Ja! diesem Sinne bin ich ganz ergeben,
das ist der Weisheit letzter Schluß:
Nur der verdient sich Freiheit wie das Leben,
der täglich sie erobern muß.
This is the highest wisdom that I own,
The best that mankind ever knew:
Freedom and life are earned by those alone
Who conquer them each day anew.
Oui, je m’abandonne à la foi de cette parole, qui est la dernière fin de la sagesse. Celui-là seul est digne de la liberté comme de la vie, qui, tous les jours, se dévoue à les conquérir, et y emploie, sans se soucier du danger, d’abord son ardeur d’enfance, puis sa sagesse d’homme et de vieillard.
And so Goethe’s Faust expires, persuaded that he has attained his moment of timeless glory through performing a great humanitarian service, remaining unaware that his land reclamation work is causing promiscuous death and destruction. But once it has been stripped of its tragic context, the Faustian maxim of the poet’s protreptic demon becomes infinitely malleable, lending itself as the populist motto for the National Socialism of Alfred Rosenberg, the Marxism of Ernst Thälmann, and the dissident humanism of Andrei Sakharov.
    The Faustian slogan of Assommons les pauvres ! is also glossed with a veneer of practical reason putting it further at odds with the spirit of progressive republican opposition officially licensed to thrive in the progressive Second Empire of Napoléon III. This painstakingly contrived affront to public morality accounts for the poem being deemed unpublishable by the Revue nationale et étrangère in 1865. This rejection reflects its counterpart of the author’s voluntary self-exile in Belgium. On the 30th of August of the preceding year, Baudelaire wrote to his friend, the radical journalist and pioneer of photographic portraiture, Félix Nadar:[13]
Croiras-tu que moi, j’aie pu battre un Belge ? C’est incroyable n’est-ce pas ? Que je puisse battre quelqu’un, c’est absurde. Et ce, qu’il y avait de plus monstrueux encore, c’est que j’étais complètement dans mon tort. Aussi, l’esprit de justice reprenant le dessus, j’ai couru après l’homme pour lui faire des excuses. Mais je n’ai pas pu le retrouver. Would you believe that I could beat a Belgian? Unbelievable, isn’t it? That I could beat someone is absurd. And all the more horrific is that I was entirely in the wrong. Therefore, the spirit of justice regaining the upper hand, I ran after the man to apologize. But I was unable to find him.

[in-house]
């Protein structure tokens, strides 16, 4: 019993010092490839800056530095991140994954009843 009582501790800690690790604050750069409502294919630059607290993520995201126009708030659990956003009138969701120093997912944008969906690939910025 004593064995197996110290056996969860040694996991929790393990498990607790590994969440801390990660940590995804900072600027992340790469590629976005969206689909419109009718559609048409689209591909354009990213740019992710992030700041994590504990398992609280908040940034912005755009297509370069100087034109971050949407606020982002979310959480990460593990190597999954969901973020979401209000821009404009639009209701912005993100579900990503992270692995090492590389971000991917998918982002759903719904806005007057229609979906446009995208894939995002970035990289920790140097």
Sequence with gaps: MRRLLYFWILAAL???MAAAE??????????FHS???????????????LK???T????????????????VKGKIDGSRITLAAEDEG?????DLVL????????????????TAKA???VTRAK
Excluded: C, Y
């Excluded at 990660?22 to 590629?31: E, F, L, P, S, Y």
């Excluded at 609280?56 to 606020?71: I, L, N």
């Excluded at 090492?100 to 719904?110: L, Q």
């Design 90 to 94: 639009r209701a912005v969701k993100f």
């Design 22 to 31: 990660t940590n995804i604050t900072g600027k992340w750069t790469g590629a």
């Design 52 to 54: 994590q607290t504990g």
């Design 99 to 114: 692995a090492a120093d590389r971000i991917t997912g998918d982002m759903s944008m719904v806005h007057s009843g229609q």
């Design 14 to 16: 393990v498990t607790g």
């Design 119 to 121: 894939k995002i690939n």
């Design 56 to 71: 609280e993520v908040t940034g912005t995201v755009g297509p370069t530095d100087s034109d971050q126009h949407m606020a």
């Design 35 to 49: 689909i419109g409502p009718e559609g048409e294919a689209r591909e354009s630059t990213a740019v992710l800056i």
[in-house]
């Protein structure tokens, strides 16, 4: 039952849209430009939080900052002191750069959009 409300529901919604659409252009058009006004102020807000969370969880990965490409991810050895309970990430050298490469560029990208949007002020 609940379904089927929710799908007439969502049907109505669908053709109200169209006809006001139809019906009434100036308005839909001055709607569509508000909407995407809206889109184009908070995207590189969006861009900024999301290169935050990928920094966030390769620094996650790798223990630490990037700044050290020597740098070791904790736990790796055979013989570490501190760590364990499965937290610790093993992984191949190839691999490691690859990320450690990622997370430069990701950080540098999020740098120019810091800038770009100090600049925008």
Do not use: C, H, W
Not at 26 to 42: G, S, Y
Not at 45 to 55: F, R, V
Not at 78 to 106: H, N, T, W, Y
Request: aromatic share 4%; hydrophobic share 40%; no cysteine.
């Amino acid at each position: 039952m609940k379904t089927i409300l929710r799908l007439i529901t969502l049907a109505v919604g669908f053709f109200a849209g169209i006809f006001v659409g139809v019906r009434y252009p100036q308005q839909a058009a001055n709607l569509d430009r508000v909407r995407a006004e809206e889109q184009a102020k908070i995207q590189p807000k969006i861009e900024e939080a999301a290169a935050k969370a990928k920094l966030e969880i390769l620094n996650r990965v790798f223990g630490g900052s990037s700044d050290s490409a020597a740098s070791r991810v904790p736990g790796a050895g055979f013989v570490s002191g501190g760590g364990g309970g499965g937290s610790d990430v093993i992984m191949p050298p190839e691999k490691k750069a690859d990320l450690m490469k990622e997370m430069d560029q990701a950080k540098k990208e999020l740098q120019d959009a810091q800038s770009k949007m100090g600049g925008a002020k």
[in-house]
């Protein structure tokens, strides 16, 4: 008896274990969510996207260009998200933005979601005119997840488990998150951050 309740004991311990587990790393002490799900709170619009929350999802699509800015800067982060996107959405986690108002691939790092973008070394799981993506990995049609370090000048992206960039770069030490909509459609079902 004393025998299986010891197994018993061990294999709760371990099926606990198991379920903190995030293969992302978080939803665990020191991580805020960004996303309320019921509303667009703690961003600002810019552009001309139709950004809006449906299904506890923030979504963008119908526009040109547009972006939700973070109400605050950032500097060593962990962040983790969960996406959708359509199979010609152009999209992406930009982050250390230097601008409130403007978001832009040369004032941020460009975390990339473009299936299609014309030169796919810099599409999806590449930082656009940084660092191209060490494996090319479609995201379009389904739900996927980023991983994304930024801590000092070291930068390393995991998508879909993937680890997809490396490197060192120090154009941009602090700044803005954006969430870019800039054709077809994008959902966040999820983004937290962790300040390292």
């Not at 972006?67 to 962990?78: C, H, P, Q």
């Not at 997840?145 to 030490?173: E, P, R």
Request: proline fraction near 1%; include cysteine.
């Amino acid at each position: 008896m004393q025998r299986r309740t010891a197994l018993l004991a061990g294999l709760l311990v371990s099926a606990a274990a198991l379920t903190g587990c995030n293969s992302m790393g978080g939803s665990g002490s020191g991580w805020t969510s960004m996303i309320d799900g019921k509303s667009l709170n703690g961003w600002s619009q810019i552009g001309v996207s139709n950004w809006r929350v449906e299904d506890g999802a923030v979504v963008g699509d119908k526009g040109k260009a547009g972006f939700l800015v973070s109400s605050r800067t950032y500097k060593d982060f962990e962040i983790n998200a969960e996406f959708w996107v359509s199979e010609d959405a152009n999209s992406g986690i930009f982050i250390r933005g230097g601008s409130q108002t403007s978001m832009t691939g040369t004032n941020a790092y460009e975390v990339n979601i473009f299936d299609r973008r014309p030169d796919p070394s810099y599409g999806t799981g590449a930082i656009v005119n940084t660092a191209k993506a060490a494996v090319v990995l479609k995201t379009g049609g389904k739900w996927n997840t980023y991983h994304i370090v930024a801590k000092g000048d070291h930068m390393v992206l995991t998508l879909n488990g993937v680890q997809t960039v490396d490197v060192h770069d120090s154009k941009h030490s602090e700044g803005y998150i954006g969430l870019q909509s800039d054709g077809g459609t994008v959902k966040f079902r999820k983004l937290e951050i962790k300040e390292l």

As a confession to a close friend, this anecdotal account bears little resemblance to the spurious self-accusations engendering the familiar legends of le poète maudit. But in its quality of self-incriminating manifesto, the poem reflects and amplifies the technique of these throwaway jests, raising their casually shocking implications to the level of a carefully calculated, expertly executed subterfuge. One difference stands out. This time around, the narrator metes out his offense equally, to the stolid supporters of law and order, and their utopian anarchist opponents. The motives for this two-pronged attack emerge in correspondence. Thus four months after the incident, on the 2nd of January, 1866, the poet writes to his mentor, the literary critic Sainte-Beuve:[14]
    Que ne donnerais-je pas pour aller en cinq minutes rue du Mont-Parnasse, pour causer une heure avec vous de vos articles sur Proudhon ; avec vous qui savez écouter même les gens plus jeunes que vous ?     What wouldn’t I give for reaching within five minutes the Street of Mont-Parnasse, to talk with you for an hour about your articles on Proudhon; with you, who knows to listen even to men younger than yourself?
    Ce n’est pas, croyez-le bien, que je trouve la réaction, en sa faveur. Je l’ai beaucoup lu, et un peu connu. La plume à la main, c’était un bon bougre ; mais il n’a pas été et n’eût jamais été, même sur le papier, un Dandy ! C’est ce que je ne lui pardonnerai jamais. Et c’est ce que j’exprimerai, dussé-je exciter la mauvaise humeur de toutes les grosses bêtes, bien pensantes, de L’Univers.     Not that I find unwarranted the reaction in his favor. I read him a lot, and knew him a little. Pen in hand, he was a fine fellow; but he never was, and never would have been, even on paper, a Dandy! That is what I will never forgive him. And that is what I will express, even if I should arouse bad temper of all the right thinking fools in the Universe.